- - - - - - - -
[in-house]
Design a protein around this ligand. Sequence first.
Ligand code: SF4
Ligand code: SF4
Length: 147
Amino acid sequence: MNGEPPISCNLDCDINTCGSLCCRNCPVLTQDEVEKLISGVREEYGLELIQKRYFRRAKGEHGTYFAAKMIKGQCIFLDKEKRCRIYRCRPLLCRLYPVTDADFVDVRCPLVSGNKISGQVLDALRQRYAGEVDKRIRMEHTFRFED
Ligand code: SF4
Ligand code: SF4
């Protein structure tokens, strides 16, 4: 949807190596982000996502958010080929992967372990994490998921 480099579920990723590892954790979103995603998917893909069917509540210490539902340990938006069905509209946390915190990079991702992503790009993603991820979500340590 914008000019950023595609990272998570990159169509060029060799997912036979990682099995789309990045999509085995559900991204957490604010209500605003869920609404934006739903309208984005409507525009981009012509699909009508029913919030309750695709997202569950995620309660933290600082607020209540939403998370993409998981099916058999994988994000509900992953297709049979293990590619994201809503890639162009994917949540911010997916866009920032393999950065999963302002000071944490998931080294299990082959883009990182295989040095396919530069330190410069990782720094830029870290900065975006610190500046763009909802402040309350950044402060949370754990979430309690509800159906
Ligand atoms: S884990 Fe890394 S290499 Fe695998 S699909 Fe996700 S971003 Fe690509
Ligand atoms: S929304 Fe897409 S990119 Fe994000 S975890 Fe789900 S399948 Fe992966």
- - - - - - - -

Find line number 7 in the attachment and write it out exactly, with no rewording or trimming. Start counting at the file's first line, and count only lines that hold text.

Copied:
Ligand code: SF4